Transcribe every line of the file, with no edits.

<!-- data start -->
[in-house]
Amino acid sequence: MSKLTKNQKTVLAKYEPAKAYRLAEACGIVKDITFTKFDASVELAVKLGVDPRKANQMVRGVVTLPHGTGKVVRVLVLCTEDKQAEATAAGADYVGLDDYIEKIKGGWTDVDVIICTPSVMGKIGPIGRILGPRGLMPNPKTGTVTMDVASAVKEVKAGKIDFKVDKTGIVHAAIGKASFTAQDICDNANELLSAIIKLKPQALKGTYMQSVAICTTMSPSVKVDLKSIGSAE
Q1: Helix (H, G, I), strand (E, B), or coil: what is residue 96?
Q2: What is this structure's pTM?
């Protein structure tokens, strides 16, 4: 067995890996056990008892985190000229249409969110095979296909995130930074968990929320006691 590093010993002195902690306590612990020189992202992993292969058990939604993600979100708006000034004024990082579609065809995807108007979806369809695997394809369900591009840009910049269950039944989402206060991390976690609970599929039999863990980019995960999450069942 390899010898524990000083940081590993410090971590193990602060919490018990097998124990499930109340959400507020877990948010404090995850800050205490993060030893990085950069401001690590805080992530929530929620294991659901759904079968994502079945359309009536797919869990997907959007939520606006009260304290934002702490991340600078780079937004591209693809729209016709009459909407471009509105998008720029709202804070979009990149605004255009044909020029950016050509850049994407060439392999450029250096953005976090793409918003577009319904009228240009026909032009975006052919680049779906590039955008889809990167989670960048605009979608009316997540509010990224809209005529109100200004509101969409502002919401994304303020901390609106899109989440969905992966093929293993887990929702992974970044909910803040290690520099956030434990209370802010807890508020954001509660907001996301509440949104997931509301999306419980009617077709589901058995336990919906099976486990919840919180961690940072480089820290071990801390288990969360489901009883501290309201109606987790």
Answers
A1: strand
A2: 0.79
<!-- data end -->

[in-house]
Amino acid sequence: MSKLTKNQKTVLAKYEPAKAYRLAEACGIVKDITFTKFDASVELAVKLGVDPRKANQMVRGVVTLPHGTGKVVRVLVLCTEDKQAEATAAGADYVGLDDYIEKIKGGWTDVDVIICTPSVMGKIGPIGRILGPRGLMPNPKTGTVTMDVASAVKEVKAGKIDFKVDKTGIVHAAIGKASFTAQDICDNANELLSAIIKLKPQALKGTYMQSVAICTTMSPSVKVDLKSIGSAE
Q1: Helix (H, G, I), strand (E, B), or coil: what is residue 96?
Q2: What is this structure's pTM?
């Protein structure tokens, strides 16, 4: 067995890996056990008892985190000229249409969110095979296909995130930074968990929320006691 590093010993002195902690306590612990020189992202992993292969058990939604993600979100708006000034004024990082579609065809995807108007979806369809695997394809369900591009840009910049269950039944989402206060991390976690609970599929039999863990980019995960999450069942 390899010898524990000083940081590993410090971590193990602060919490018990097998124990499930109340959400507020877990948010404090995850800050205490993060030893990085950069401001690590805080992530929530929620294991659901759904079968994502079945359309009536797919869990997907959007939520606006009260304290934002702490991340600078780079937004591209693809729209016709009459909407471009509105998008720029709202804070979009990149605004255009044909020029950016050509850049994407060439392999450029250096953005976090793409918003577009319904009228240009026909032009975006052919680049779906590039955008889809990167989670960048605009979608009316997540509010990224809209005529109100200004509101969409502002919401994304303020901390609106899109989440969905992966093929293993887990929702992974970044909910803040290690520099956030434990209370802010807890508020954001509660907001996301509440949104997931509301999306419980009617077709589901058995336990919906099976486990919840919180961690940072480089820290071990801390288990969360489901009883501290309201109606987790």
Answers
A1: strand
A2: 0.79